The gypsy violinist of this record, Shony Alex Braun, was born in Transylvania, in 1930. I am not sure how truly gypsy he was, but he was half Jewish and as a result, survived the Holocaust serving time in both Auschwitz and Dachau. Braun credits his ability to play music as the reason for his survival. He would later win a Pulitzer Prize for his composition “Symphony of The Holocaust” on 1994. He moved to the US in the 1950’s and had a good career as a musician, composer, and actor. He would die in Los Angeles in 2002 of pneumonia. The story below relates to how, during the Holocaust, he was in a room with SS officers who wanted him to play for them. Struck by nerves, he forgot every tune he knew. When they threateningly approached him, he began to play the Blue Danube, despite both playing an instrument larger than he was used to and never playing that song before. Pretty amazing story.
This album, released by Impromto Records, came out sometime but I am not sure when. My best bet is the 1950’s. Backed by his Continental Ensemble and pianist/arranger Gregory Stone, the album is a collection of very famous instrumental standards from around the world. All the ones I like are here, including “Autumn Leaves”, “Granada”, ” La Vie En Rose”, “Dark Eyes”, and “Havah Nagilah”. Braun’s violin is excellent in that gypsy style. Good arrangements. Overall good album. I also liked the brief history and influences of the composers of the tunes on the back cover.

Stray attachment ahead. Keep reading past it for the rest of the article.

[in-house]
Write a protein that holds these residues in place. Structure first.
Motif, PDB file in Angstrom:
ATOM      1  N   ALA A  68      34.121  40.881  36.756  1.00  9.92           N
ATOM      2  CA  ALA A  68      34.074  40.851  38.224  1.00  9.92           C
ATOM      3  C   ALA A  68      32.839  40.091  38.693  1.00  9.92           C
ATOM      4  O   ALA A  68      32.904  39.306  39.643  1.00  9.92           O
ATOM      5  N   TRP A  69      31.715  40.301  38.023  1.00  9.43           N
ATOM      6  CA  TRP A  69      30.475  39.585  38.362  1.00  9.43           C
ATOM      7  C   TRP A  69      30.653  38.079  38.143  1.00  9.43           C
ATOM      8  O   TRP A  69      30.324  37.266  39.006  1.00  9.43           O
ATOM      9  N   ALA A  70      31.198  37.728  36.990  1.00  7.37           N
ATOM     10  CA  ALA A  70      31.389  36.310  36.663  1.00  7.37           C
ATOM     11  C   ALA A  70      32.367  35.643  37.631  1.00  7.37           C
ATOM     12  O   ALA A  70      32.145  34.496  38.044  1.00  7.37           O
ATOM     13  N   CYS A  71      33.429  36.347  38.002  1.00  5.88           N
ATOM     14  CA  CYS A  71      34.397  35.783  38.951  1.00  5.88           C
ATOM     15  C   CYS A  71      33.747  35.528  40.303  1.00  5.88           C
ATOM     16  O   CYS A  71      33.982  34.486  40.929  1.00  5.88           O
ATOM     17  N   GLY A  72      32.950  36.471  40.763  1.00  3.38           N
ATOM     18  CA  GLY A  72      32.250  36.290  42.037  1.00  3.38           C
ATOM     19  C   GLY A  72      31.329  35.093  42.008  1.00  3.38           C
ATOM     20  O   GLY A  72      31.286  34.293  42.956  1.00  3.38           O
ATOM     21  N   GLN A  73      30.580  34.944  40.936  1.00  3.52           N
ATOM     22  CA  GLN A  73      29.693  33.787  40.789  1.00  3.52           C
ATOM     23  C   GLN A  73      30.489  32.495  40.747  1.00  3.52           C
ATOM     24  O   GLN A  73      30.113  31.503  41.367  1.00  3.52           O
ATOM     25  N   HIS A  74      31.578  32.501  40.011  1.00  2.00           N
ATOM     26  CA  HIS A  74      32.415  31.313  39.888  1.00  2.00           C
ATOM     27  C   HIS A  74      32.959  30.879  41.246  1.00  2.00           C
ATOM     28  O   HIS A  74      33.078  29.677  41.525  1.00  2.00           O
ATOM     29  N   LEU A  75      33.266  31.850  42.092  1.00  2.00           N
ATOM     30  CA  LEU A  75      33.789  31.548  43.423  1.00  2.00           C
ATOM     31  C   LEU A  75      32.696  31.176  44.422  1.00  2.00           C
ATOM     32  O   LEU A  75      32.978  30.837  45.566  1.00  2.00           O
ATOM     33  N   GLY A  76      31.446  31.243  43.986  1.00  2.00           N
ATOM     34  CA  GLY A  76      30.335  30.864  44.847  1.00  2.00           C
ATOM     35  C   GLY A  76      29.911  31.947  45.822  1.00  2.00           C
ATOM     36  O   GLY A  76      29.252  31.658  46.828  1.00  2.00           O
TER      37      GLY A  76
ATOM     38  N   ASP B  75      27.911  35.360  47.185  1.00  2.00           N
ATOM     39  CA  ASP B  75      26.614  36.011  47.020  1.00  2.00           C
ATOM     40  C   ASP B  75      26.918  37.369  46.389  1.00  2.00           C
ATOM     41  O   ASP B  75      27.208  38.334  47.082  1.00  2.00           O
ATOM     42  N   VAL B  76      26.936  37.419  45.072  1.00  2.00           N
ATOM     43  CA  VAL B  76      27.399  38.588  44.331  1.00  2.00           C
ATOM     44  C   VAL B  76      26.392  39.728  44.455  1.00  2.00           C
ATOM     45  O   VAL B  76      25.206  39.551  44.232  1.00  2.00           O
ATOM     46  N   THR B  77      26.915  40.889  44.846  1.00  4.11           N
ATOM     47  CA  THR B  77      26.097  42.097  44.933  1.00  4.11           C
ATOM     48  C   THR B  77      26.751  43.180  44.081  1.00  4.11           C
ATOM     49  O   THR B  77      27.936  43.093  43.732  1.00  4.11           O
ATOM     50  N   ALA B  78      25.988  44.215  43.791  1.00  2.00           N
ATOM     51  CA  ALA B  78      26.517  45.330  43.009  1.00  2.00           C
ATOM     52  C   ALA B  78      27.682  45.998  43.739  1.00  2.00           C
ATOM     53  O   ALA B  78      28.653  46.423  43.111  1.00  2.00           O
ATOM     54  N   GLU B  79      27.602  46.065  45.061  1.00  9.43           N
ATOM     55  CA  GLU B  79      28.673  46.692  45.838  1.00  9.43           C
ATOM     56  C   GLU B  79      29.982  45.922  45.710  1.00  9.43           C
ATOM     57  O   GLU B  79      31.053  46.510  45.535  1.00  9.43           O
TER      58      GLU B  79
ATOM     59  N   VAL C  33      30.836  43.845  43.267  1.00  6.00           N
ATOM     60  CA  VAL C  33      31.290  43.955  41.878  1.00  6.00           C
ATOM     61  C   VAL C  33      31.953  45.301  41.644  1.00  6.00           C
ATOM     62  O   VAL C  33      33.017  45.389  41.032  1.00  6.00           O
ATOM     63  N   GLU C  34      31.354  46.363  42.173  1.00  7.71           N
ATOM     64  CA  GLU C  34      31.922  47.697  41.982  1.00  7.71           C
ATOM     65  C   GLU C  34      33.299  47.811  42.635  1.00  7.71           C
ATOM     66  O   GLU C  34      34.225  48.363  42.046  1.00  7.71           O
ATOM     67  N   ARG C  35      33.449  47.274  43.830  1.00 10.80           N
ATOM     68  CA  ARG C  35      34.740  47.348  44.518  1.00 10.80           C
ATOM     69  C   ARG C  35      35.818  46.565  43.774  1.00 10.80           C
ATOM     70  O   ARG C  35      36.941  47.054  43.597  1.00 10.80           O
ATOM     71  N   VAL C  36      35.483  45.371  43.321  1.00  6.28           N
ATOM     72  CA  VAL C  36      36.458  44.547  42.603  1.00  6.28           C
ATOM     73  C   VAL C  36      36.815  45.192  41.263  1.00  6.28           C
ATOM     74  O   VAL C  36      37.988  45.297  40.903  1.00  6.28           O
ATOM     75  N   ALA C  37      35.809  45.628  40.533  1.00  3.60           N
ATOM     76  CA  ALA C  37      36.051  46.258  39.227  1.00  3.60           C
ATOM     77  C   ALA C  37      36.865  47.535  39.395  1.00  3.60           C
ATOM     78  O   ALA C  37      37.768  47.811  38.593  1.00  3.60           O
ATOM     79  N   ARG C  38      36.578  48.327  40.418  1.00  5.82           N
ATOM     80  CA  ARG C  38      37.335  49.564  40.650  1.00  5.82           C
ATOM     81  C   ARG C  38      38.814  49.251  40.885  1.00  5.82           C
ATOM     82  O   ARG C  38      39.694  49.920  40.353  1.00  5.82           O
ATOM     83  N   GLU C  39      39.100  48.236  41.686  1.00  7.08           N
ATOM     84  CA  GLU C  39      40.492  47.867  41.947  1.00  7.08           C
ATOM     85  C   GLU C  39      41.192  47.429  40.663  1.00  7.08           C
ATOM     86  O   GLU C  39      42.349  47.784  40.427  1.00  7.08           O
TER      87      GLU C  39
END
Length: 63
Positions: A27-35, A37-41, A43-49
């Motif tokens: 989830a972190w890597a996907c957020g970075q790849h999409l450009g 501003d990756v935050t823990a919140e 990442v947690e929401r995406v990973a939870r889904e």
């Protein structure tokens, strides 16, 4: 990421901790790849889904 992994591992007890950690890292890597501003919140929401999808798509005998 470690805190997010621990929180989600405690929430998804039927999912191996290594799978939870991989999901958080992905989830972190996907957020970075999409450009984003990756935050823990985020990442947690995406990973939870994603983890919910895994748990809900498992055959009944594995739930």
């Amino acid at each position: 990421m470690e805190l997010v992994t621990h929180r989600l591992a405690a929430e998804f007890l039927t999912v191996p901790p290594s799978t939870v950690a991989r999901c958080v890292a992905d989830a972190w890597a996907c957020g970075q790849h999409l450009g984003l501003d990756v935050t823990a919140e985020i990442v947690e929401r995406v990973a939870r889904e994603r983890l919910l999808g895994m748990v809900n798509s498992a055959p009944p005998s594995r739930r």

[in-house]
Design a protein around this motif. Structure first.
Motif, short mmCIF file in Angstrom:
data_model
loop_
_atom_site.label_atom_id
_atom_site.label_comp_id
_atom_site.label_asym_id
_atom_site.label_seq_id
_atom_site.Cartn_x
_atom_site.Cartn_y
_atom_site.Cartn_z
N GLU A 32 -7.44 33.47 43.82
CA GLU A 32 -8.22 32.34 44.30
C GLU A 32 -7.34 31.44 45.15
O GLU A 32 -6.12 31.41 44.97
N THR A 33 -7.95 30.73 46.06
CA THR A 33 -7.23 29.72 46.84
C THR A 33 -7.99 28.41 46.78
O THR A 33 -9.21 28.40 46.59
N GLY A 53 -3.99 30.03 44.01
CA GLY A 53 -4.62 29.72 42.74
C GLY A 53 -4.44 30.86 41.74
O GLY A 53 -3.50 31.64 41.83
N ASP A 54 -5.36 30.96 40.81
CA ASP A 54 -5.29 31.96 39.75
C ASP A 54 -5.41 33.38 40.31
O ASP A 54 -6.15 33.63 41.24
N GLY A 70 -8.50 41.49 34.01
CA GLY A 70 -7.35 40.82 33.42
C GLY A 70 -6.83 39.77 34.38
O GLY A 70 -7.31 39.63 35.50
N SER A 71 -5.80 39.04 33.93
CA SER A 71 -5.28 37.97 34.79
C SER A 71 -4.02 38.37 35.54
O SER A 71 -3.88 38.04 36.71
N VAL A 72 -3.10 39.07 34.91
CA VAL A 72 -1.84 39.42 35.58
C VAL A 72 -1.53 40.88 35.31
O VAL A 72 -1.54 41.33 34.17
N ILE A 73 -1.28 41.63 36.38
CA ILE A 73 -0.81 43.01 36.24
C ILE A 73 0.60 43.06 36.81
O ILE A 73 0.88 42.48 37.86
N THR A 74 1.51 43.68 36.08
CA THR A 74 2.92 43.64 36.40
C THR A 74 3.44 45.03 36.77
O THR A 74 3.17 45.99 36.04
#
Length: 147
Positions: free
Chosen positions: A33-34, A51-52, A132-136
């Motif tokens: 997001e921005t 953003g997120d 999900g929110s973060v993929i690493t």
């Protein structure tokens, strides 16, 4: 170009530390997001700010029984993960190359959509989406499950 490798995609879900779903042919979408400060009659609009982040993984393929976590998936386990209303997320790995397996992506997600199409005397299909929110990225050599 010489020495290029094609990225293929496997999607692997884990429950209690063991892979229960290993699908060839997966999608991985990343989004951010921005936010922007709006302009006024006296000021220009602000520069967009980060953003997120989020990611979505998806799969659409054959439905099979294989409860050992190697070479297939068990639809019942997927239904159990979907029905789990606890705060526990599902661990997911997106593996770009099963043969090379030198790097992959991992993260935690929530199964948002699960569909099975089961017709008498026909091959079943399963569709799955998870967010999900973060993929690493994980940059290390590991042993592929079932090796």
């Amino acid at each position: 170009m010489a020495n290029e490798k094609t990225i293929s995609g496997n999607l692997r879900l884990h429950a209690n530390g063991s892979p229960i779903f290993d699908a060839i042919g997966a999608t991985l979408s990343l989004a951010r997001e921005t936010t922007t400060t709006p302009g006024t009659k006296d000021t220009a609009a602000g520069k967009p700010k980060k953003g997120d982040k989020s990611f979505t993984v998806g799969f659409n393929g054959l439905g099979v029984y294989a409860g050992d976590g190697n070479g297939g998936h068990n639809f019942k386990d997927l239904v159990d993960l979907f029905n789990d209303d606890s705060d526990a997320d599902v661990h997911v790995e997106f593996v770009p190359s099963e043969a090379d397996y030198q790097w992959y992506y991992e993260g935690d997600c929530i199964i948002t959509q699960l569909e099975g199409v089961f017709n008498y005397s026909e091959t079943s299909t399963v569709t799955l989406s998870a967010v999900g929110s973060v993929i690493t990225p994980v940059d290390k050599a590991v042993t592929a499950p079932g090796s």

Well, as much as I like those songs above, and despite how good Braun’s versions were, I decided to go a different route and post “Valse Pizzicato”, written by George Boulanger. The song showcases Braun’s skill with the picking technique, a technique scorned by most violists of the time according to the back cover. Pretty good little track.